Ex-Biogen boss Scangos lands at newly launched infectious disease upstart

After leaving Biogen last year, Scangos will now helm the upstart with a healthy funding pot.

It didn’t take George Scangos very long to find a new role after leaving Biogen as he starts 2017 as the head of a new upstart: Vir Biotechnology.

The California-based company, which publicly launches today, says it aims to take on a “new approach” to tackling the oft-forgotten area of infectious diseases.

It says in a statement that it plans to take on “some of the world's most challenging infectious diseases for which solutions are non-existent or inadequate.”

Featured Whitepaper

Accelerate Clinical Operations Across Sponsors, CROs, and Partners

The most advanced life sciences organizations know that digital innovation and multi-platform integrations are essential for enabling product development. New platforms are providing the life sciences industry with an opportunity to improve the efficiency of clinical trials and reduce costs while remaining compliant and reducing risk.

Its new way is to use “breakthroughs in immune programming” to manipulate pathogen-host interactions. The company will take a multiprogram, multiplatform approach to this, although exact details at this early stage were not given.

It did say however that it was “adopting a broad technological portfolio” that will include the viral vectors obtained through the acquisition of TomegaVax.

These technologies were originally developed by a team at Oregon Health & Science University, led by Louis Picker and Klaus Frueh. Vir’s own lab work will be across the U.S. in San Francisco, Boston and Portland, Oregon. 

Big ideas, and big backers: Its lead investors include ARCH Venture Partners as well as the deep pockets of the Bill & Melinda Gates Foundation.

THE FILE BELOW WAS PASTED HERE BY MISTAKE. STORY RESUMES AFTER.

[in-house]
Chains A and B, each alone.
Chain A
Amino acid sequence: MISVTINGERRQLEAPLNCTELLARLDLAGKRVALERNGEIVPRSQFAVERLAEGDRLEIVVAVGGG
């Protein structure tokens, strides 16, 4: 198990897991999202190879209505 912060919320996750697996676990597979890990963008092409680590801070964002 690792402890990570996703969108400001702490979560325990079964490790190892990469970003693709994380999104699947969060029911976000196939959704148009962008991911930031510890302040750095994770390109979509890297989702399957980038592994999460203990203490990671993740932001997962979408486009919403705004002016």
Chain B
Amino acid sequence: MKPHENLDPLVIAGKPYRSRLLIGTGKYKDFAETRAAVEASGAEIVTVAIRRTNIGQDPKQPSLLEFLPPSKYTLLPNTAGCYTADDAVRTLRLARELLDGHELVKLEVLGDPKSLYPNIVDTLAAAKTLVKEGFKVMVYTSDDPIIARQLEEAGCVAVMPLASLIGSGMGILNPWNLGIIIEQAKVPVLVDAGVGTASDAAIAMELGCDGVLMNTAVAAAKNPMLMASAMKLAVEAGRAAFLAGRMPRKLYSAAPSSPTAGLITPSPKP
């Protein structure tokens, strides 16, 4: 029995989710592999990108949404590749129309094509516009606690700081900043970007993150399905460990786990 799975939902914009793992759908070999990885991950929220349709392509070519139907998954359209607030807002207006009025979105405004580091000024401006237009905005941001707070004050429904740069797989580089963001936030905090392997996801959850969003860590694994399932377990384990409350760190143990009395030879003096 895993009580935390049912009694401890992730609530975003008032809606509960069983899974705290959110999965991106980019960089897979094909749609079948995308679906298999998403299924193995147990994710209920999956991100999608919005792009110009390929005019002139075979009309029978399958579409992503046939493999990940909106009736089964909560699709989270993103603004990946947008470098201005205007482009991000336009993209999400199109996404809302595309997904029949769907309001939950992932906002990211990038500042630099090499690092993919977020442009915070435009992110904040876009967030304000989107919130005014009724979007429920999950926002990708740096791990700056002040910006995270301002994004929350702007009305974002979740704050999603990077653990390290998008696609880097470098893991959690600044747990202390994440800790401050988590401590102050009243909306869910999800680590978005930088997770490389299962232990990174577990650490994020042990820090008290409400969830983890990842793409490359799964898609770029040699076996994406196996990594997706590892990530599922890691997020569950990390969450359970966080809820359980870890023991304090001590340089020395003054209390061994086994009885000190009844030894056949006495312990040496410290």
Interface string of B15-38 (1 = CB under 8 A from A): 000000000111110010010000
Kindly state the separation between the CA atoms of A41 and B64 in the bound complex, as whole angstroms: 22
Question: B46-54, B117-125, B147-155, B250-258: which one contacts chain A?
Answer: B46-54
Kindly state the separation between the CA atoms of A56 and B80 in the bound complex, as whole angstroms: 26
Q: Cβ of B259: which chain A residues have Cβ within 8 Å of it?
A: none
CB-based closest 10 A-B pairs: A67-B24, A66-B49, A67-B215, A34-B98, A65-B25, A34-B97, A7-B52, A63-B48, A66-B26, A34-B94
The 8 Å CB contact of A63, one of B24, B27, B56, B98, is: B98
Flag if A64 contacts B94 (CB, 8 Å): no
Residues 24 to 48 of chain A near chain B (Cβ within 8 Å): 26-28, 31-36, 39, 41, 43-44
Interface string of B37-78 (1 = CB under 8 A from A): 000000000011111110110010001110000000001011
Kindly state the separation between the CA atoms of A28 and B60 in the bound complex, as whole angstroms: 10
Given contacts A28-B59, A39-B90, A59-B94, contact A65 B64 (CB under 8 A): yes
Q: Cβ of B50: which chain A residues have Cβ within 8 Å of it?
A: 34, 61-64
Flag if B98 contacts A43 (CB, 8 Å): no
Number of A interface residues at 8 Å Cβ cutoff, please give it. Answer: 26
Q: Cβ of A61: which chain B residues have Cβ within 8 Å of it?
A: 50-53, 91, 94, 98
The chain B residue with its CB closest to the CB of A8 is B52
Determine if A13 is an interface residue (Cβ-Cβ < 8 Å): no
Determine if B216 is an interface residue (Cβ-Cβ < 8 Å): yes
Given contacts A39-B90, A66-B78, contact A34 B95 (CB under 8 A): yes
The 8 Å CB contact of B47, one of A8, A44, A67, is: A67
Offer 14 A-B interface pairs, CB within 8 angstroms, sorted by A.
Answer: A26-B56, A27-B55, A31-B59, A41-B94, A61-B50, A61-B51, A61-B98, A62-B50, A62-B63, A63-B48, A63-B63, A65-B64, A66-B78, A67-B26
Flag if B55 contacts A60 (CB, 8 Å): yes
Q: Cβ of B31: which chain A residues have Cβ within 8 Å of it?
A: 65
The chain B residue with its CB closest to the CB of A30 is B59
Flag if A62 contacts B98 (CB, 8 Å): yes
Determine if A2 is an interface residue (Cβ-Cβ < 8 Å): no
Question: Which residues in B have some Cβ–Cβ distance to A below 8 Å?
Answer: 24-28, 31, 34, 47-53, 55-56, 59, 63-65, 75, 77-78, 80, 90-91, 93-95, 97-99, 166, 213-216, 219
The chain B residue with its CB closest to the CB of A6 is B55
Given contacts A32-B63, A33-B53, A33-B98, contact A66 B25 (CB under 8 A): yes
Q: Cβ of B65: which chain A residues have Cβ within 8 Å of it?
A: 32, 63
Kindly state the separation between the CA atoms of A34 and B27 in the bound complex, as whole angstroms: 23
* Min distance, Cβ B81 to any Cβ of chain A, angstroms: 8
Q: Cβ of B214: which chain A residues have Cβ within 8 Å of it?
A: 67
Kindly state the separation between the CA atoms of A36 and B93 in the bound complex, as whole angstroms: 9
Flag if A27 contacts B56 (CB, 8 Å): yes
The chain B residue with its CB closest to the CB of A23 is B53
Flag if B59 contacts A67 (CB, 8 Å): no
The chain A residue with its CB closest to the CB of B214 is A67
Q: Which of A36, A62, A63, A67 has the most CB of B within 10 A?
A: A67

Vir is the brainchild of Robert Nelsen, co-founder ARCH, which has committed to invest $150 million on its own, a remarkable sum for such a young company.

Nelsen said in the statement: “The scale and scope we envision for Vir will allow us to fund targeted academic research, ramp our own research and development efforts, and write individual checks of up to $100 million to in-license innovative technology platforms and novel clinical assets from biotech and pharmaceutical companies.”

The now-reemployed Scangos added: “The opportunity to lead Vir is one I could not pass up. There is a tremendous global need for effective therapies and preventions for infectious diseases of considerable public health importance. Success would mean alleviation of a lot of human suffering as well as meaningful financial returns for Vir investors. The science has matured to a point where exciting new approaches are at hand, and there is a need for a company to pursue those approaches with excellence, critical mass and scale. Vir is that company, and I am very excited to take on a leadership role.”

Suggested Articles

Spinal Elements, maker of a wide range of implants and products for minimally invasive spine procedures, has filed a $100 million IPO.

United Airlines will begin providing COVID-19 screening tests for passengers, allowing those who test negative to skip local quarantine requirements.

Galecto picked up $64 million to push its lead lung disease treatment toward an approval in Europe and fund midstage studies for its other programs.